Translating one world into another
Famed author of The English Patient, Michael Ondaatje, helps a young Bulgarian writer with his first novel
A young writer from Eastern Europe facing multiple transitions — of country, profession and language — discovers that the help he needs to find his way comes from an unlikely — but famous — source.
A little over a year ago, Miroslav Penkov was sitting alone in his house in Denton, Texas, worrying about whether his last three years of work had been in vain. He had just finished a draft of a novel, Stork Mountain, and he simply did not know if anyone would want to read about an obscure village in the mountains on the border of Bulgaria and Turkey. His editor had left his publishing company and he was between agents, and even though his first book, East of the West, was doing well in Bulgaria — two out of the collection of stories had been optioned for movies — doubt had somehow crept in.
Writing a novel instead of short stories was proving a struggle and on top of that he was writing in English, his second language, which meant he would later have to translate the book into Bulgarian for publication in his native country. Like most young writers he felt isolated and even a little despairing, thinking: “If I am really writing a book that is worthy, it would be great for someone to notice.”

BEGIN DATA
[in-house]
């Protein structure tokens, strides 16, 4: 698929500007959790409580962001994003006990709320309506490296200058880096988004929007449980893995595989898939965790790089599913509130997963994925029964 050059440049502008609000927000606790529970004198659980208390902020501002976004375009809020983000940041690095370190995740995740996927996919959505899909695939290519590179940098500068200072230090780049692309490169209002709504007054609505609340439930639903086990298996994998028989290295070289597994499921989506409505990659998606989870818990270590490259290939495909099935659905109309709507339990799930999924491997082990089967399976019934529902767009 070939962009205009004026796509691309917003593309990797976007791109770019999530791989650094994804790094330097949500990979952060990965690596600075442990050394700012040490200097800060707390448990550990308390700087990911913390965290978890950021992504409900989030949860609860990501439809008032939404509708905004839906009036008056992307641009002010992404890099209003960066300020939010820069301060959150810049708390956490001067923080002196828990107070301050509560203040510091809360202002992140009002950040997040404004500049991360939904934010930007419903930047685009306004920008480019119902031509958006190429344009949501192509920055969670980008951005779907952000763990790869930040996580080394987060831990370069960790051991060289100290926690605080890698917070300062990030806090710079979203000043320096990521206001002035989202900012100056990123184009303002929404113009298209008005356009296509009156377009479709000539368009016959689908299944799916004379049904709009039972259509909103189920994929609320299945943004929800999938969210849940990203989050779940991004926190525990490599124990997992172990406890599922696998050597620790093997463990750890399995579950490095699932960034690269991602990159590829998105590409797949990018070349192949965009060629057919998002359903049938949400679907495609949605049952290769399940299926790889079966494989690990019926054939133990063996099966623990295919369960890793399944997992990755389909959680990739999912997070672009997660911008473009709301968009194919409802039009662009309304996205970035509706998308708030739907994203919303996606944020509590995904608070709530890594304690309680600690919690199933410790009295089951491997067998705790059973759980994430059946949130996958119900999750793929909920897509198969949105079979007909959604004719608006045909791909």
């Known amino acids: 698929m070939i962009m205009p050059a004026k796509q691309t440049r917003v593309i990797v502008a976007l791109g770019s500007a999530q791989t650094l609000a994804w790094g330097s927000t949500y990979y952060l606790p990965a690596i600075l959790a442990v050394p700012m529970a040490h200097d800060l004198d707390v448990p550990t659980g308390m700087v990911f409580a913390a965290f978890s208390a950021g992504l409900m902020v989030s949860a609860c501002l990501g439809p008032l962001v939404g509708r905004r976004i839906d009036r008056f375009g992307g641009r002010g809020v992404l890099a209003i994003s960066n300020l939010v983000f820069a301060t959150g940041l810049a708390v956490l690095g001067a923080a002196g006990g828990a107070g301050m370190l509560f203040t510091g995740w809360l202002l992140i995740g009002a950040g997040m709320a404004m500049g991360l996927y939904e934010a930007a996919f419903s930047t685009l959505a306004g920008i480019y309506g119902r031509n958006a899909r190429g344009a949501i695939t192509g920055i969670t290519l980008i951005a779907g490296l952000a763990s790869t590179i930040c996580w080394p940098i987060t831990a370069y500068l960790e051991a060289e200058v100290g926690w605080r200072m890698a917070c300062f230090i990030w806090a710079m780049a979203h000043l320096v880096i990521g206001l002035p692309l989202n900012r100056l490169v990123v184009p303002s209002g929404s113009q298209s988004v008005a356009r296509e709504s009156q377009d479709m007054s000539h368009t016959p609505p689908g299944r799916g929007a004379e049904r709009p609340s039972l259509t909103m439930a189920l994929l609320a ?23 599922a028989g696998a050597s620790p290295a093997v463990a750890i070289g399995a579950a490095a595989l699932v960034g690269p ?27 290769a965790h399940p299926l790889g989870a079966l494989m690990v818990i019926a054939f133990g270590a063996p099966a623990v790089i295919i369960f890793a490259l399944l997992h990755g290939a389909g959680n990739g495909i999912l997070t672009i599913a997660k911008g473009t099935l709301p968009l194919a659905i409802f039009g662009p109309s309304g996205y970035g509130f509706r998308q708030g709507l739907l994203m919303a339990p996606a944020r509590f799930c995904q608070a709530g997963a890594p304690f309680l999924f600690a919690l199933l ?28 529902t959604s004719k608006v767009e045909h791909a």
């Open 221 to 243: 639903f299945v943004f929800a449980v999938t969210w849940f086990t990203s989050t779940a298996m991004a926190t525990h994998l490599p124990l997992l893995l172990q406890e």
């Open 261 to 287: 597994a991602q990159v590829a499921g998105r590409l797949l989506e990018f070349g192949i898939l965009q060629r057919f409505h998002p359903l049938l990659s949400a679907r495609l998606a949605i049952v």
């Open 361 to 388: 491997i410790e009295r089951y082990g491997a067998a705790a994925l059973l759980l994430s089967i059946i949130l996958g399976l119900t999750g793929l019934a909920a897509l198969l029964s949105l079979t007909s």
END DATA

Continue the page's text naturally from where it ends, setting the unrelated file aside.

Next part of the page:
Then an email arrived. He opened it and read that he’d been selected for the Rolex Arts Initiative. “I can’t tell you how shocked and relieved I was,” Penkov remembers. “I felt like I had been given a chance I had dreamed of, but I could never have realized then how perfectly the programme was designed to help someone in my position.”
Penkov and the mentor he was paired with, Michael Ondaatje, the Booker Prize-winning author of The English Patient and The Cat’s Table, met for the first time last autumn in New York, where Penkov had an experience that was, to him, surprising though not uncommon for those who encounter Ondaatje. “We probably spent an hour and a half, two hours, talking” Penkov recalls, “and the majority of the conversation was Michael asking me for books he should read. I’m like, wait, what just happened? I’m doing all the talking and I’m giving Michael Ondaatje suggestions on what he should read?”
They soon discovered they had much to discuss. For the next year, the two became pen pals, travel partners, their own book club, even film-goers. The list of books Ondaatje extracted from Penkov grew longer, including Nikos Kazantzakis’s Zorba the Greek and The Last Temptation of Christ. Ondaatje pointed Penkov towards Yasunari Kawabata and the little-known North Carolina novelist John Ehle. They also found they had much in common. Like Penkov, who had travelled from Bulgaria to the U.S. to study psychology, which he abandoned when an American creative writing teacher told him, “you should be a writer, not a shrink”, Ondaatje knew a thing or two about transitions. The world sees him as a distinguished novelist, but long before he wrote prose, Ondaatje was a poet whose early books had been released in small editions of 400 or 500.